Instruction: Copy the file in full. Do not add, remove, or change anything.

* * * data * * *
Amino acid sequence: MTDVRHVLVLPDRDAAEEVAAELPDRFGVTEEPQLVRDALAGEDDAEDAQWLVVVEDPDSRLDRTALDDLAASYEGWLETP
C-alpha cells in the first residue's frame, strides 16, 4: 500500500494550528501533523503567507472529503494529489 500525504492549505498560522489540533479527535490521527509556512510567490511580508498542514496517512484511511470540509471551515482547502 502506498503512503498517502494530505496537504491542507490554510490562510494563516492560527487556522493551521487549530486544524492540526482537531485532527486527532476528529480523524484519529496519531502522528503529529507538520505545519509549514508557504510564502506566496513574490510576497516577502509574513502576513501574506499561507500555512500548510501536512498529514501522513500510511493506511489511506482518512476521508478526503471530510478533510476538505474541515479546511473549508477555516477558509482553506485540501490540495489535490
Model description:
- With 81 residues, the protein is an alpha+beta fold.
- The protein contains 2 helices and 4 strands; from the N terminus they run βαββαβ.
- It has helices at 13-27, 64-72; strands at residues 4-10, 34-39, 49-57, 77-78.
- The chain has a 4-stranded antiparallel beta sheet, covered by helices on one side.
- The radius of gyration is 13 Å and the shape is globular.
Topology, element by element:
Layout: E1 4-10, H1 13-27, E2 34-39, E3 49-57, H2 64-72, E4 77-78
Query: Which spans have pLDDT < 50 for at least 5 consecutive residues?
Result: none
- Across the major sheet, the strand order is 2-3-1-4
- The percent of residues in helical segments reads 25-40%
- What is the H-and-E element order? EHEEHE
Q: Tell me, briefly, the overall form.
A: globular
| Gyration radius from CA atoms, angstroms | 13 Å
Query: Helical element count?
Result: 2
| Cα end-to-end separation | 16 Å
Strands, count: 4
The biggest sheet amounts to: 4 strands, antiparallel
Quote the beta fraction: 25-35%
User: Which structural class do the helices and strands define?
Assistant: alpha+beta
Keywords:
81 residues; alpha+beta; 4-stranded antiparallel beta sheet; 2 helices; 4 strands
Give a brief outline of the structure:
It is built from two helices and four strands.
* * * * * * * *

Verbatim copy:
Amino acid sequence: MTDVRHVLVLPDRDAAEEVAAELPDRFGVTEEPQLVRDALAGEDDAEDAQWLVVVEDPDSRLDRTALDDLAASYEGWLETP
C-alpha cells in the first residue's frame, strides 16, 4: 500500500494550528501533523503567507472529503494529489 500525504492549505498560522489540533479527535490521527509556512510567490511580508498542514496517512484511511470540509471551515482547502 502506498503512503498517502494530505496537504491542507490554510490562510494563516492560527487556522493551521487549530486544524492540526482537531485532527486527532476528529480523524484519529496519531502522528503529529507538520505545519509549514508557504510564502506566496513574490510576497516577502509574513502576513501574506499561507500555512500548510501536512498529514501522513500510511493506511489511506482518512476521508478526503471530510478533510476538505474541515479546511473549508477555516477558509482553506485540501490540495489535490
Model description:
- With 81 residues, the protein is an alpha+beta fold.
- The protein contains 2 helices and 4 strands; from the N terminus they run βαββαβ.
- It has helices at 13-27, 64-72; strands at residues 4-10, 34-39, 49-57, 77-78.
- The chain has a 4-stranded antiparallel beta sheet, covered by helices on one side.
- The radius of gyration is 13 Å and the shape is globular.
Topology, element by element:
Layout: E1 4-10, H1 13-27, E2 34-39, E3 49-57, H2 64-72, E4 77-78
Query: Which spans have pLDDT < 50 for at least 5 consecutive residues?
Result: none
- Across the major sheet, the strand order is 2-3-1-4
- The percent of residues in helical segments reads 25-40%
- What is the H-and-E element order? EHEEHE
Q: Tell me, briefly, the overall form.
A: globular
| Gyration radius from CA atoms, angstroms | 13 Å
Query: Helical element count?
Result: 2
| Cα end-to-end separation | 16 Å
Strands, count: 4
The biggest sheet amounts to: 4 strands, antiparallel
Quote the beta fraction: 25-35%
User: Which structural class do the helices and strands define?
Assistant: alpha+beta
Keywords:
81 residues; alpha+beta; 4-stranded antiparallel beta sheet; 2 helices; 4 strands
Give a brief outline of the structure:
It is built from two helices and four strands.